We live in an 80-year-old house which probably has a dozen coats of oil-base
white paint on the exterior wood windows.
We are coming up on a painting cycle and sooner or later will have to switch
to latex paint.
I assume this will mean starting with a coat of good primer. Should this be
oil, or water-based primer?
That choice may be limited by where the OP lives. From the Benjamin
"On January 1, 2005, significant VOC restriction standards were
enacted in Delaware, the District of Columbia, Maryland, New Jersey,
New York, Pennsylvania, and northern Virginia. These standards have
been taken primarily from the California Air Resource Board that led
the way in VOC restriction measures.
These standards revisions are driven through a multi-state
organization called the Ozone Transport Commission (OTC). The OTC
focuses on developing regional solutions to ground-level ozone
problems in the Mid-Atlantic and Northeast regions of the United
Most recently Maine and New Hampshire have adopted AIM (Architectural
and Industrial Maintenance) regulations based on the OTC Model rule as
of January 2006 and 2007, respectively. Massachusetts, Connecticut and
Rhode Island have all decided to adopt OTC AIM regulations and are
currently in the legislative process of rule creation and adoption.
The Massachusetts regulation will likely be implemented in January
2009 and Rhode Island and Connecticut are pushing for late 2008, early
2009 implementation. Finally, the state of Vermont has decided not to
adopt an AIM Regulation."
Oil-based primer under latex paint is the current standard. I used a latex
primer once, and it lasted less than a year. Peeled right off down to the
bare wood in just a few months. What's weird is that it did that on all four
sides, not just the front, which is the side which gets all the sun and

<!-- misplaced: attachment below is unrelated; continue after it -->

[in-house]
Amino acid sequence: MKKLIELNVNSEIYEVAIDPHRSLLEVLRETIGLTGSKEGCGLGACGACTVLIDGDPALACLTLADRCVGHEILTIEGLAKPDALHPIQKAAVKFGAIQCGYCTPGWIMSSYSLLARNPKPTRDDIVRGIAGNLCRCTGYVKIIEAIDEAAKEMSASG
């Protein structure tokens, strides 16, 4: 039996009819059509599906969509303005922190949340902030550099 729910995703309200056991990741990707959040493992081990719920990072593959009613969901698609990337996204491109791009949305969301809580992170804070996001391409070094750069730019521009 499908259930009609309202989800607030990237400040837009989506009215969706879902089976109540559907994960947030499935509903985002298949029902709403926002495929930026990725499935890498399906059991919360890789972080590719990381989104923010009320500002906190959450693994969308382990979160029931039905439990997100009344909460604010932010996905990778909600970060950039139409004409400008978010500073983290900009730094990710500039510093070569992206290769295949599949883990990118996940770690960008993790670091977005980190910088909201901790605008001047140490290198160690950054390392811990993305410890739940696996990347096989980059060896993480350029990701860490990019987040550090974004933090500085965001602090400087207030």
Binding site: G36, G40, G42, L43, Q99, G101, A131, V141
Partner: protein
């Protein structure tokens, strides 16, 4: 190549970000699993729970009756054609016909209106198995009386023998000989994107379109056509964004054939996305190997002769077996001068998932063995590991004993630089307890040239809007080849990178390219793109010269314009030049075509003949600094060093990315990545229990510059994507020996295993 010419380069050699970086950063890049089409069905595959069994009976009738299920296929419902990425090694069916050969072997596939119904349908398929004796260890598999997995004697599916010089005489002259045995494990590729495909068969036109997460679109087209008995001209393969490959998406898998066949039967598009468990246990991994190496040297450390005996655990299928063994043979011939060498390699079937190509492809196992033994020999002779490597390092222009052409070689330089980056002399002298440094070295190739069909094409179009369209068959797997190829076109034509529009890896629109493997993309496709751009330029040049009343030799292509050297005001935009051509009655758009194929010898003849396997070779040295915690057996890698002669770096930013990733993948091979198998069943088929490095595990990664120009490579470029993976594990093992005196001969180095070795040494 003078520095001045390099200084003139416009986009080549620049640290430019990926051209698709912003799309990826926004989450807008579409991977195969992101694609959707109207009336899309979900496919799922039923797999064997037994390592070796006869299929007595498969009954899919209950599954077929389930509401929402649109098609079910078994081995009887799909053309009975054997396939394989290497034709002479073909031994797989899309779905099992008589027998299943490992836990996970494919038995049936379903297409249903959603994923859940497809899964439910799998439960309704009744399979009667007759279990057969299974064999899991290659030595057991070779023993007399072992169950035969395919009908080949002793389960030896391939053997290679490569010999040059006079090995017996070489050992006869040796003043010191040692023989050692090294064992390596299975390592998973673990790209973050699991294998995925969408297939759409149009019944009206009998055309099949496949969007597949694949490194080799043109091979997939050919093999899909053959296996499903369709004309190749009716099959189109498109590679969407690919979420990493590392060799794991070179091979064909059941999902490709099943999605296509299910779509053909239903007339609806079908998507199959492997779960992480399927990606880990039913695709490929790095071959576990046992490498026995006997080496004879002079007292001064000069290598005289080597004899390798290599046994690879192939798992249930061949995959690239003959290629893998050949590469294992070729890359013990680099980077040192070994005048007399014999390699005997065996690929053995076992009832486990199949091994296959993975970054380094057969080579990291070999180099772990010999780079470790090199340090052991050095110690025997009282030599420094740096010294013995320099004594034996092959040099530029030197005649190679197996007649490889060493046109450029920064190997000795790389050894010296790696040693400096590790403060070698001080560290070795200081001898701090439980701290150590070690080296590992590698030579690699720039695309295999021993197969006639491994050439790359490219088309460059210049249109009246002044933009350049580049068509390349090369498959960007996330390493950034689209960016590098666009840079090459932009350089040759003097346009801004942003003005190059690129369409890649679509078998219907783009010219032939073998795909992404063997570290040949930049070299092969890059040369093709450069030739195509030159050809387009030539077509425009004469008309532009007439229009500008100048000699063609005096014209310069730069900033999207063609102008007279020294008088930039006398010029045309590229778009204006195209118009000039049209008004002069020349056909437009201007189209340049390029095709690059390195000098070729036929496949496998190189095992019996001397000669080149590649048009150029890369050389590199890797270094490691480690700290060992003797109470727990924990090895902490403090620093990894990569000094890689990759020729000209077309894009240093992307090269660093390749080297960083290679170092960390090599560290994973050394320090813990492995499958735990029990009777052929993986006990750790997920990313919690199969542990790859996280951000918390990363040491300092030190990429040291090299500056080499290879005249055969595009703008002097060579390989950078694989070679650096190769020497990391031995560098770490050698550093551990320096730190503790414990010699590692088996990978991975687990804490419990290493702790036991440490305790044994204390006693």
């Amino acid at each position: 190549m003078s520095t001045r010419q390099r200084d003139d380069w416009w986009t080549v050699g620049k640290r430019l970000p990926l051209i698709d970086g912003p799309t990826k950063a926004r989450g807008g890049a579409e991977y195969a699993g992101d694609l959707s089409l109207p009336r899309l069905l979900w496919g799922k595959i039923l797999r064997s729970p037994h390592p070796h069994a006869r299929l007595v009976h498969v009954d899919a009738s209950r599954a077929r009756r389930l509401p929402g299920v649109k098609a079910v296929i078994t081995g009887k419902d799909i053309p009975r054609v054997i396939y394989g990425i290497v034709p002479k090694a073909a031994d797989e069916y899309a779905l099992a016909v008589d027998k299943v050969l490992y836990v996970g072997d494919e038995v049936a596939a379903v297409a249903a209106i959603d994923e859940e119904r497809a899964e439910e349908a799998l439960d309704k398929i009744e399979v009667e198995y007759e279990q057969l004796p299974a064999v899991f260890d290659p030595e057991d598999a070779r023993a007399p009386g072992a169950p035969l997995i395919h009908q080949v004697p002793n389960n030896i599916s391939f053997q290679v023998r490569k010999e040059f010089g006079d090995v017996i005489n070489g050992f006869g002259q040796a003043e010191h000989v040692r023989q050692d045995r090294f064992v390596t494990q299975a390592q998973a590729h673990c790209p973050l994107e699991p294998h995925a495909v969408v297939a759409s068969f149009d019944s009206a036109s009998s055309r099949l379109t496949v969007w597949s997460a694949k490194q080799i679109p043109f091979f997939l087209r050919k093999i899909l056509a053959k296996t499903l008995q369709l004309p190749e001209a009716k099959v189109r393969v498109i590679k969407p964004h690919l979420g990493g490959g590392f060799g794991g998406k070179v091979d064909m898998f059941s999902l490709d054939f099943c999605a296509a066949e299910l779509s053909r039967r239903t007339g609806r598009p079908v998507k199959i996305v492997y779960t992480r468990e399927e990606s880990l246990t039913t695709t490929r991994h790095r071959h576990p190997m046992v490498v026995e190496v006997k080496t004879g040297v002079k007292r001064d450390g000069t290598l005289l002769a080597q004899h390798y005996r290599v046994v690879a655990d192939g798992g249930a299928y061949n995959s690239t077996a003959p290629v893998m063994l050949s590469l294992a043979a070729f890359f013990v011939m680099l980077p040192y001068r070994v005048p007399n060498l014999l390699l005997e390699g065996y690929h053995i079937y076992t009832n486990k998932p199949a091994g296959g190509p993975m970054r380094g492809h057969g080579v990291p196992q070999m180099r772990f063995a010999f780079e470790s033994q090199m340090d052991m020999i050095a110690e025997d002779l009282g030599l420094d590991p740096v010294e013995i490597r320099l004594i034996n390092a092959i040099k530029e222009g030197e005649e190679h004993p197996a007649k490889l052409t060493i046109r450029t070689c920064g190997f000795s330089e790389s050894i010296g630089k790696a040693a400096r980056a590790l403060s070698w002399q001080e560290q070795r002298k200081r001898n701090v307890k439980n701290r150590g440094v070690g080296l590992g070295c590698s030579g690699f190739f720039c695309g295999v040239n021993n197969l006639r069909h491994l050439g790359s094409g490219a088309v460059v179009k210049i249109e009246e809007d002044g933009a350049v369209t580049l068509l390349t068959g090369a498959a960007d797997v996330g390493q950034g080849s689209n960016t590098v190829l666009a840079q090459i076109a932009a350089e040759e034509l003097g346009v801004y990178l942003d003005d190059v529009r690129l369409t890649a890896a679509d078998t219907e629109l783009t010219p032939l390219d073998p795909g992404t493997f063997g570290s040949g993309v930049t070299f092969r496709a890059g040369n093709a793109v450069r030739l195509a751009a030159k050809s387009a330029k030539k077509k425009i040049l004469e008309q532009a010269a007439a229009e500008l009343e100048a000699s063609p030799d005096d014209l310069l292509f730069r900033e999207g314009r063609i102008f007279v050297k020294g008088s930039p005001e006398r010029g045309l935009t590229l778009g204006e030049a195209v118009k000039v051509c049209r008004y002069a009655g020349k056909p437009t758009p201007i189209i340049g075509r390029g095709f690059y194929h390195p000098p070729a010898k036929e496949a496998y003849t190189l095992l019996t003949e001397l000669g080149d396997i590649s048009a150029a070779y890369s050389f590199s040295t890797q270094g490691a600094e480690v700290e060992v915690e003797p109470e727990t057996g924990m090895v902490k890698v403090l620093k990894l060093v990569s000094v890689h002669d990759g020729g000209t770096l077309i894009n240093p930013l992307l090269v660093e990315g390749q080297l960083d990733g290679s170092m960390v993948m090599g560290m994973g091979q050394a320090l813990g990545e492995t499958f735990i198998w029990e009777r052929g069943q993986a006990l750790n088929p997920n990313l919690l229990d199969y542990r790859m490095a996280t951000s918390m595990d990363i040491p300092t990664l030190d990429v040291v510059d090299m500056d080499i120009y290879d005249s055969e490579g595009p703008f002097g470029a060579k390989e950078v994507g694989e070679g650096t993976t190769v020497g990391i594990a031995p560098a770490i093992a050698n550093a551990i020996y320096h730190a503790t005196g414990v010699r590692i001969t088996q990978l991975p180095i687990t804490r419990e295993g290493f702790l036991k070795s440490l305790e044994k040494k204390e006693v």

blowing snow. Paint usually lasts years longer on the other three sides, but
not when I used a latex primer. Also, the latex primer was runny and
generally bad to work with, although it was "the best" primer HD had. Now I
go to a real paint store for paint.
I'd use oil-based because it seems to protect better than water-based,
but it doesn't really matter which you use. Select a premium primer
and paint of the same brand, and carefully follow the preparation
instructions. Allow the paint to fully cure for a month or two before
setting anything on it.
Especially with an older house, the prep-work will largely determine
of the job. Removing _all_ loose paint, and roughening surface. You
to plan on stripping windows down to wood; I would. :')
Alkyd (oil-based) paints have problems: flaking, "alligator"-ing,
sealing in water
that enters via cracks that _will_ occur in the hard surface.
Acrylic (latex) exterior paints gradually "chalk" over time.
In any case, thorough prep, spot-priming a/r and quality acrylic would
the best long-term results, IME.
Consumers Union would be a good place to research paints.
I sort of truncated my inquiry. The "house" of which I speak is actually a
six-unit cooperative apartment building with a huge number of windows --
close to 200, I think.
To strip the paint to the wood would be terribly expensive -- maybe $100,000
or more, in my city.
I'd love to take that route, but don't think we could afford it.
Ooooooh, goodness. That changes the picture somewhat. I am thinking
that latex and the old alkyd/oil expand and contract differently and
that would cause the latex adhesion problems. Are you planning on doing
it yourself or having a contractor? If a contractor, the paint company
may have "certification" for contractors or some other arrangement to
guarantee proper product and preparation. When our condo was painted,
the paint co. delivered paint, inspected after pressure washing that
prep was adequate. Part of their warranty process for commercial jobs,
I guess. I believe it was instigated by the contractor, as it wasn't at
the request of the condo. assn.
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